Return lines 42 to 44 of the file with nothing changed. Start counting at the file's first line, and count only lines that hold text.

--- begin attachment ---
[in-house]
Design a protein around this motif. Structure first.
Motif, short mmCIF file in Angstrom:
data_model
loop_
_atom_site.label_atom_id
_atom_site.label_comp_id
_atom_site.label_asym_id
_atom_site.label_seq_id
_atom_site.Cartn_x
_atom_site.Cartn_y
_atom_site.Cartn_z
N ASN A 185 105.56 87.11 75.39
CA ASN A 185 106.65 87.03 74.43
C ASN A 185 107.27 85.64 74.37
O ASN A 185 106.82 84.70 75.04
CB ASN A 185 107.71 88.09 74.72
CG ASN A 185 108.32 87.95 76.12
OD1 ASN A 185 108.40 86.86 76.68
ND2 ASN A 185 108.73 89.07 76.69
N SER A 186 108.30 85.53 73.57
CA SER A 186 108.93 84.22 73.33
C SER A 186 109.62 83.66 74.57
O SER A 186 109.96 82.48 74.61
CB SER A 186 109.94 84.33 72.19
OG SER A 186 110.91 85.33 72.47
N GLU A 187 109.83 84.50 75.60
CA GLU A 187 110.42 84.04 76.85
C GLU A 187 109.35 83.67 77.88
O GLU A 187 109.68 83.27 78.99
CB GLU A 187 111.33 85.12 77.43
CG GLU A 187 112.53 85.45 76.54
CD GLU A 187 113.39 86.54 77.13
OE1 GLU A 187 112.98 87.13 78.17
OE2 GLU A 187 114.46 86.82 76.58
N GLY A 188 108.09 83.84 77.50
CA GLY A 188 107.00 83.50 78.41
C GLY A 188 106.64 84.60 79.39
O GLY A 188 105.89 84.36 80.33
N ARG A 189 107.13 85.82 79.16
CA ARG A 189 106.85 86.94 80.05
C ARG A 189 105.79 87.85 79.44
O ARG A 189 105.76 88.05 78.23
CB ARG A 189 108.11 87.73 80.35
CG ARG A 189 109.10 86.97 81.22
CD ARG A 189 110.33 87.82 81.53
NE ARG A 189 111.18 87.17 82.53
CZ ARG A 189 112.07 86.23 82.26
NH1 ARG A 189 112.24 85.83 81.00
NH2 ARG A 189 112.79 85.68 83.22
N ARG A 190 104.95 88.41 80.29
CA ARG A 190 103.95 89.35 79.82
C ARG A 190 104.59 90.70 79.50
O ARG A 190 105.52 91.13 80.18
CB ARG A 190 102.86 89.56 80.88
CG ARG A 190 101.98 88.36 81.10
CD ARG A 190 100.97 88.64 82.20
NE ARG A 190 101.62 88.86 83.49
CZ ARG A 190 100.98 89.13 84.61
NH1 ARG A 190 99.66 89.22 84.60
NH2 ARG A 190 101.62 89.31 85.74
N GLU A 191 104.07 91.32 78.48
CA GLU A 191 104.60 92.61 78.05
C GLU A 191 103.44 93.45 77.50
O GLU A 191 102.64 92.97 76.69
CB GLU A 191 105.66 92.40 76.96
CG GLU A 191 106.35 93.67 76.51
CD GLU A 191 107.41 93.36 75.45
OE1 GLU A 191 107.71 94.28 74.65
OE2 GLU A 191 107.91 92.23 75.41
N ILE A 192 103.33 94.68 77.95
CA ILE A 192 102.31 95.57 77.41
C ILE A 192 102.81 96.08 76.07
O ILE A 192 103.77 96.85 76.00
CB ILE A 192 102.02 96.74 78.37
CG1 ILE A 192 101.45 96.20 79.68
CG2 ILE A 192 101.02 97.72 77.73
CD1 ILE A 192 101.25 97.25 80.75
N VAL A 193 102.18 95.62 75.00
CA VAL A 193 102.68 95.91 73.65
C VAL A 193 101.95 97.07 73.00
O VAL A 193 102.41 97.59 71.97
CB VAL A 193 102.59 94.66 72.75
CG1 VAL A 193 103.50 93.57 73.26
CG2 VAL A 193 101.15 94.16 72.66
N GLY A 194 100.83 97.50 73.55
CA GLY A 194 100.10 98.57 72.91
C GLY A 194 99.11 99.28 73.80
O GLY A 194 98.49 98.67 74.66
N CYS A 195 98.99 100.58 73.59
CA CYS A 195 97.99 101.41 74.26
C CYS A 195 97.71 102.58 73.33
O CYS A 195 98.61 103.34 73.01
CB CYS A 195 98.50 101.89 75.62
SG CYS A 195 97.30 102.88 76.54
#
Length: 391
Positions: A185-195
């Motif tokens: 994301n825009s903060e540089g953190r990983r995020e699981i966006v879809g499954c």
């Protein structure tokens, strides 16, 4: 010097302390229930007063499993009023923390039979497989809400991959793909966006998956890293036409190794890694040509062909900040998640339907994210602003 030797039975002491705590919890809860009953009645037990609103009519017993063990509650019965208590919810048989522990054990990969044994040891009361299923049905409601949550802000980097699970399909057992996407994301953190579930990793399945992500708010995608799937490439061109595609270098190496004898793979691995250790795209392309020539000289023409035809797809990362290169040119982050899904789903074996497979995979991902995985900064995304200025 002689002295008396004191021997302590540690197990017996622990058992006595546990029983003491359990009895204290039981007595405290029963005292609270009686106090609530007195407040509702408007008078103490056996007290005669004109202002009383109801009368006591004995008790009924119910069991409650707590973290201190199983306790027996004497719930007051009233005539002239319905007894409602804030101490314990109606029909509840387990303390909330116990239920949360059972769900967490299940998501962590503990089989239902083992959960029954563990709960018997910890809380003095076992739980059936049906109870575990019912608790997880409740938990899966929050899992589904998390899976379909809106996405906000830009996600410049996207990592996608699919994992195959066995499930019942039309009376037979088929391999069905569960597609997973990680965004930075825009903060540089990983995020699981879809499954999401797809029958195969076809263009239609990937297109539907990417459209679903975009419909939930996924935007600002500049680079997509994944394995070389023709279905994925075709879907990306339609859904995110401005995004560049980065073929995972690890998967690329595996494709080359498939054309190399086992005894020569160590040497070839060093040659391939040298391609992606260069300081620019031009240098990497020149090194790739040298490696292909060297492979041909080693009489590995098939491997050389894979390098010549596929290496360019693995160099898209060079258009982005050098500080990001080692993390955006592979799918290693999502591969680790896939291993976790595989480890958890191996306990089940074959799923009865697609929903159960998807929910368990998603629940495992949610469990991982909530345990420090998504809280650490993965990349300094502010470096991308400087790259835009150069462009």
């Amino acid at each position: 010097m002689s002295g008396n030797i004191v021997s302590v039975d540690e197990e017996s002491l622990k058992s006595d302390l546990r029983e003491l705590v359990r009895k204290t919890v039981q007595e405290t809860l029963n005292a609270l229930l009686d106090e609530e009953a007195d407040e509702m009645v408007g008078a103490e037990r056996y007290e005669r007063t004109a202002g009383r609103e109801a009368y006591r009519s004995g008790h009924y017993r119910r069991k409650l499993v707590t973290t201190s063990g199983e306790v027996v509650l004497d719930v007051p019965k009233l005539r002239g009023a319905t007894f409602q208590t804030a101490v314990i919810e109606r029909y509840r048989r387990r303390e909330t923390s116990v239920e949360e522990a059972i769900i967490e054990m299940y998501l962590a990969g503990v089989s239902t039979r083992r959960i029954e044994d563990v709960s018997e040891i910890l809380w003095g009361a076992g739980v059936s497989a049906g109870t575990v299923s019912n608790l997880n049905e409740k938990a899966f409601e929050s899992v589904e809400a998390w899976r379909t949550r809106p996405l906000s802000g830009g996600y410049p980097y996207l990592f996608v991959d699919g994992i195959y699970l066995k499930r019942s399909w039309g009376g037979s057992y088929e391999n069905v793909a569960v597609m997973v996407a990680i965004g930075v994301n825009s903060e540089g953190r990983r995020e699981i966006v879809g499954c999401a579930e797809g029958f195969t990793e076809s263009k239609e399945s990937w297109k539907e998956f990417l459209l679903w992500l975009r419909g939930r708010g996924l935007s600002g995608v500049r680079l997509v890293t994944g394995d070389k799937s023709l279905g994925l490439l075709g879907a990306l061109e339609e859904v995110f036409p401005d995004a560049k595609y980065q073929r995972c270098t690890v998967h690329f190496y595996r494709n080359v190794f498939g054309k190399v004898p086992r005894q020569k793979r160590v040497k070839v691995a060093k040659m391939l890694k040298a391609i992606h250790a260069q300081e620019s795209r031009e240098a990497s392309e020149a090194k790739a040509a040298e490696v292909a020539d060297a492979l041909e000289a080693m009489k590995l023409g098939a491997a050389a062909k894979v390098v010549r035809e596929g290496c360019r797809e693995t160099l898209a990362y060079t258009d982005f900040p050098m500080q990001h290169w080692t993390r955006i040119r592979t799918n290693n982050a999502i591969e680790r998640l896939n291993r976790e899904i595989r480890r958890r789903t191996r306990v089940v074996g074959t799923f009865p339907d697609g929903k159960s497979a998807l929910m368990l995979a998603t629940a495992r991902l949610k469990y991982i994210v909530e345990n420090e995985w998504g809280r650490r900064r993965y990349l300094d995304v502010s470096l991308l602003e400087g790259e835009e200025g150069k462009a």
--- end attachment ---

C ARG A 189 105.79 87.85 79.44
O ARG A 189 105.76 88.05 78.23
CB ARG A 189 108.11 87.73 80.35